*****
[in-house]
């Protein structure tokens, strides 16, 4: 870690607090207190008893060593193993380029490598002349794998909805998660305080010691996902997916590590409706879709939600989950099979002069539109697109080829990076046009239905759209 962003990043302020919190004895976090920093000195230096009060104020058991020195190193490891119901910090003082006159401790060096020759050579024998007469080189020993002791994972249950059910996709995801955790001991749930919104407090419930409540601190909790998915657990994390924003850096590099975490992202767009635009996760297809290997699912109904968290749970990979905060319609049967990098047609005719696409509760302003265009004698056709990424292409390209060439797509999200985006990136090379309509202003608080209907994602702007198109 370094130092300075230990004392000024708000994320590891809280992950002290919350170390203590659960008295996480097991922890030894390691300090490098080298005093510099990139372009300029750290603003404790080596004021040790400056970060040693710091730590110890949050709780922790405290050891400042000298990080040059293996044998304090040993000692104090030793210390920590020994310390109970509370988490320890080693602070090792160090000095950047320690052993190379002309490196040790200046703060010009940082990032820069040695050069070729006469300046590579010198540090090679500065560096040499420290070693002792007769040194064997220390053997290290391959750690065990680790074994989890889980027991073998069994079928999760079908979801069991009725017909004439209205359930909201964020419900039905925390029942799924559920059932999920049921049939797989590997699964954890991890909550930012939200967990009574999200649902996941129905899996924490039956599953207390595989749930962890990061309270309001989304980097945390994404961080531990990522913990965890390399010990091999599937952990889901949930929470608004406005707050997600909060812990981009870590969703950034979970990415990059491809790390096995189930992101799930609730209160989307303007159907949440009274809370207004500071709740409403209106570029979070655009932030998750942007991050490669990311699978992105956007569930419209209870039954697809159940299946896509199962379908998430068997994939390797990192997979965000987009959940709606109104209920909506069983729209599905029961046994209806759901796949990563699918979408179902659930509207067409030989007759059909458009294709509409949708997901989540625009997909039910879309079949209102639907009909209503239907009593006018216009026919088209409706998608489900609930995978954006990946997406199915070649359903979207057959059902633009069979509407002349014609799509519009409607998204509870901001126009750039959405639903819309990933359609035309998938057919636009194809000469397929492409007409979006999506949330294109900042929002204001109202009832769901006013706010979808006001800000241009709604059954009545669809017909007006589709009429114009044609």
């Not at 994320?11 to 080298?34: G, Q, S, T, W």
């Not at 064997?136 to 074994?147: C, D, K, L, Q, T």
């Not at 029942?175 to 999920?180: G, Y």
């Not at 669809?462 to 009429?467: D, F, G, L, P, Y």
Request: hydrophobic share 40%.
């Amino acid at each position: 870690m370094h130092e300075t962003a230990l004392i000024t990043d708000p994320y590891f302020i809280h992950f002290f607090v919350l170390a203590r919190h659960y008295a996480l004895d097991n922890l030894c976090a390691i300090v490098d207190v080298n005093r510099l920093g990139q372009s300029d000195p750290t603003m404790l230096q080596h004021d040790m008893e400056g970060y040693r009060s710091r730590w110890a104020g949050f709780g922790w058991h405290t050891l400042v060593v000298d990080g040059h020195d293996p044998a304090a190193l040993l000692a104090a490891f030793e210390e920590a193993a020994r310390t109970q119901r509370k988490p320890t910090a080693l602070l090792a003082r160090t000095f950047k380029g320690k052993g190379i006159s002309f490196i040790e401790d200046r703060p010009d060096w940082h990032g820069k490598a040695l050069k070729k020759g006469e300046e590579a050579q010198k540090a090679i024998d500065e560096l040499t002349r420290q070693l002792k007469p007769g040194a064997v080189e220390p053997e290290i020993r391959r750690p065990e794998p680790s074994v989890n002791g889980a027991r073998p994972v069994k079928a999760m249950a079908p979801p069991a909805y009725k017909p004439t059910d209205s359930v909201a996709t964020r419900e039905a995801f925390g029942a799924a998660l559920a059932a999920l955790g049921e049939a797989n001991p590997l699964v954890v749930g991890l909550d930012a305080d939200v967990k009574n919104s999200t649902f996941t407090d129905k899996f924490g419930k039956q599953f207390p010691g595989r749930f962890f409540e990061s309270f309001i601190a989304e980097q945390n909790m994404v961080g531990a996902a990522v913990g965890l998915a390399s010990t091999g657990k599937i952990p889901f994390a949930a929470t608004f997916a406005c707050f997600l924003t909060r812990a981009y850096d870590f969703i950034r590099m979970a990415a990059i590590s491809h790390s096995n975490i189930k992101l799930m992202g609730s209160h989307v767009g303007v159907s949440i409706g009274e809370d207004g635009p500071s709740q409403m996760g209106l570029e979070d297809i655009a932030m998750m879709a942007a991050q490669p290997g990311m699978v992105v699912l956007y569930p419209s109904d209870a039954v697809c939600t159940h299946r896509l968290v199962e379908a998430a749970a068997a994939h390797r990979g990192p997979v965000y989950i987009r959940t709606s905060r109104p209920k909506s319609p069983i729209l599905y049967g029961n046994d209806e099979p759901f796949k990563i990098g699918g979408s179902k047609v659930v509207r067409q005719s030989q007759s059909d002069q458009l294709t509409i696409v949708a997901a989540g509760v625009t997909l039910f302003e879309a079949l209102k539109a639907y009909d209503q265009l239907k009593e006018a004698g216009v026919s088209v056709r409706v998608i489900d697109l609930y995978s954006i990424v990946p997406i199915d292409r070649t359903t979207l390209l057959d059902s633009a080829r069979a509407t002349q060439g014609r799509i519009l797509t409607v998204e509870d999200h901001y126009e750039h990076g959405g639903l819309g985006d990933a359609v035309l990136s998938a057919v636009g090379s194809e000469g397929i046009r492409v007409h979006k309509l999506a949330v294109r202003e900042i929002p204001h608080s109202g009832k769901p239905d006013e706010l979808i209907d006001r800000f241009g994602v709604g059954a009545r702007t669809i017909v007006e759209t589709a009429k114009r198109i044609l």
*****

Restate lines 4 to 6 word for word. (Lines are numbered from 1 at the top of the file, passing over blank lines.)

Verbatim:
């Not at 064997?136 to 074994?147: C, D, K, L, Q, T």
């Not at 029942?175 to 999920?180: G, Y």
């Not at 669809?462 to 009429?467: D, F, G, L, P, Y």